Measuring Self-Reported Wrongful Convictions among Prisoners
58 Pages Posted: 7 Nov 2016 Last revised: 5 Dec 2017
Date Written: December 4, 2017
Despite considerable interest in the subject of wrongful convictions, little is known about the incidence of wrongful convictions in the general prison population due in part to the difficult of measuring the frequency of errors in non-capital cases. We report the results of a survey of a population sample of state prisoners who were asked to anonymously report their involvement in the crimes for which they were most recently convicted. To assess the validity of verifiable responses, prisoner self-report data were compared to aggregate conviction and demographic information derived from administrative records. To assess the validity of unverifiable responses, we developed a non-parametric test to estimate the probability of false innocence claims. Based on this survey and test, we estimate that wrongful convictions occur in 6% of criminal convictions leading to imprisonment in an intake population of state prisoners. This estimate masks a considerable degree of conviction-specific variability ranging from a low of 2% in DUI convictions to a high of 40% in rape convictions. We consider these estimates to be upper bounds on the actual incidence of wrongful convictions within each of these populations. Implications for future research on wrongful convictions are discussed.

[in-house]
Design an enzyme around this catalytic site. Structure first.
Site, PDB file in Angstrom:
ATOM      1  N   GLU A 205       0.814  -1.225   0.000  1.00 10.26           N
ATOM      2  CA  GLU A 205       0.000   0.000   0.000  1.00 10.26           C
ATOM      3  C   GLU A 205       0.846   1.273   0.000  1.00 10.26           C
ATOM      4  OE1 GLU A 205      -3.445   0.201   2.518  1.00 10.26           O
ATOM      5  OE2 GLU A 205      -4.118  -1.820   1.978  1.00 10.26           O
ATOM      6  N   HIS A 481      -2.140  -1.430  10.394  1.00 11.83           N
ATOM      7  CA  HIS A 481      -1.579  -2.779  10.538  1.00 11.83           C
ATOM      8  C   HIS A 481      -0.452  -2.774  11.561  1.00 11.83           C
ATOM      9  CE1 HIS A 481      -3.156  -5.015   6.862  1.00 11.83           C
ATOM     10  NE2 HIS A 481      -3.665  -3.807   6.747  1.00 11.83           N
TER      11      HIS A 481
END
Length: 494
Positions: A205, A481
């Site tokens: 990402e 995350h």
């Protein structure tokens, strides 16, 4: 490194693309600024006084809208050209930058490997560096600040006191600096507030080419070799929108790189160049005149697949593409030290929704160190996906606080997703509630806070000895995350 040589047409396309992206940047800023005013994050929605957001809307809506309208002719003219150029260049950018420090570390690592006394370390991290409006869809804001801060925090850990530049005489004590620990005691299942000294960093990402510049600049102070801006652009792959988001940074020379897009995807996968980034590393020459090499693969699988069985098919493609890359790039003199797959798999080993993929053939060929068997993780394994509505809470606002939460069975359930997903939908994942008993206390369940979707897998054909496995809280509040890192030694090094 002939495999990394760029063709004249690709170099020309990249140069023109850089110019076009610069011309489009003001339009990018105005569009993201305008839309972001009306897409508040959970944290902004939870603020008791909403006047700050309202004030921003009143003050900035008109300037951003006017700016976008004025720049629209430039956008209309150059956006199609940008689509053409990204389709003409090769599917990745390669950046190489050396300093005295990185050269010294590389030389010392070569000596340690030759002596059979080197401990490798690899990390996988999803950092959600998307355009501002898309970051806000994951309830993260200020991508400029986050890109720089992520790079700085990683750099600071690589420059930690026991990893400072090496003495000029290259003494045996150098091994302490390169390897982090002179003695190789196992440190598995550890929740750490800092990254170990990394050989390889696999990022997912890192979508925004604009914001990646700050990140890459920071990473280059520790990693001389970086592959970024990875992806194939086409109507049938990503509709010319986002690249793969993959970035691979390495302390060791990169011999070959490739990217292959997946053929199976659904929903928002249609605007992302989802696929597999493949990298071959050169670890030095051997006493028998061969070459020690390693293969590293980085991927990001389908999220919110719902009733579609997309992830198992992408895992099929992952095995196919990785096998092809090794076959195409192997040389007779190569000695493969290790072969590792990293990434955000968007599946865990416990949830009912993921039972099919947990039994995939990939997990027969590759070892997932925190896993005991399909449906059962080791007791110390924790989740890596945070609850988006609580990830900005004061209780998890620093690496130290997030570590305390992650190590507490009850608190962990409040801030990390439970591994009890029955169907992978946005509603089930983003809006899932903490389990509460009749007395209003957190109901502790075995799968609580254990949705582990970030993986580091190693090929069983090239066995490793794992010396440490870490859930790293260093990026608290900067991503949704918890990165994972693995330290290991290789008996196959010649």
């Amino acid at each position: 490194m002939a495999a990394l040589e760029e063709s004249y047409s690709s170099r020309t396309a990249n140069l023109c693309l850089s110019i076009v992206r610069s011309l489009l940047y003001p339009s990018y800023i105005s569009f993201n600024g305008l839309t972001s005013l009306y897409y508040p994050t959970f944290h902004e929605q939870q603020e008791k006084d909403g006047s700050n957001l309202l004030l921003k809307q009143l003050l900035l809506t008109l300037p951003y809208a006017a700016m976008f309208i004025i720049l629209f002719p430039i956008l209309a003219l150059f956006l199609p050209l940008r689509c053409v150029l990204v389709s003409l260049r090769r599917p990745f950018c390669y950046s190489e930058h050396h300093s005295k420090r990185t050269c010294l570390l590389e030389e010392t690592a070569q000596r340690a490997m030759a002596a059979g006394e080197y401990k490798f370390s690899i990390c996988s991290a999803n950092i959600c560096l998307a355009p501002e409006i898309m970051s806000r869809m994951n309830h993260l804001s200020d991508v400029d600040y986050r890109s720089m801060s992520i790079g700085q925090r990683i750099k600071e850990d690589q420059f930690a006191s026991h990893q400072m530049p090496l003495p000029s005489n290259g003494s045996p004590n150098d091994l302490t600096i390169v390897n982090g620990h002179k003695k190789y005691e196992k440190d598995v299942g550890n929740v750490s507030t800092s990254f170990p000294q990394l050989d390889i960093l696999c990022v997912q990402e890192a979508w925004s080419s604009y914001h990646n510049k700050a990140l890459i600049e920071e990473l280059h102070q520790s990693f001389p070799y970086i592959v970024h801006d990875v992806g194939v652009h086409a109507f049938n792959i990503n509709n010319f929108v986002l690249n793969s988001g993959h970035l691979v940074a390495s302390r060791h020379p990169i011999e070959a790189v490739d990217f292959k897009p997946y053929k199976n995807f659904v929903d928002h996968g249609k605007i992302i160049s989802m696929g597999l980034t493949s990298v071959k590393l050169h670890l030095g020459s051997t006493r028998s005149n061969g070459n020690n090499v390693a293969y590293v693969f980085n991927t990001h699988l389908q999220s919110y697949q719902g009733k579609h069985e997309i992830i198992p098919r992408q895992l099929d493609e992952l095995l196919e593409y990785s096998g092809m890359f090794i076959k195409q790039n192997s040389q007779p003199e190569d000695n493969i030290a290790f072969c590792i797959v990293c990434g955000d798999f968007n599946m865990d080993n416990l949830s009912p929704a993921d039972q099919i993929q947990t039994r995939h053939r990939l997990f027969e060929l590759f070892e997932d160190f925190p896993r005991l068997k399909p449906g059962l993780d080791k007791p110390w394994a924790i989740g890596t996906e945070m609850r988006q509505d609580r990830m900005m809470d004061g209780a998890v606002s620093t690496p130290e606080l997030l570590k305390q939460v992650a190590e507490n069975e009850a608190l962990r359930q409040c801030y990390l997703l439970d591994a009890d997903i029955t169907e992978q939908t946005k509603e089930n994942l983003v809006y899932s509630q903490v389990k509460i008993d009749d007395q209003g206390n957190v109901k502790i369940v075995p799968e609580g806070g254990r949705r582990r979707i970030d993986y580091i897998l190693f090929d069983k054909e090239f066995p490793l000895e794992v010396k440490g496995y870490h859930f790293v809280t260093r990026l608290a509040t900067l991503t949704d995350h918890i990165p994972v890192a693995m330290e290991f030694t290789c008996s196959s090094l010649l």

Keywords: Wrongful Convictions; Self-Report, Prisoner
JEL Classification: K14, K40
Suggested Citation: Suggested Citation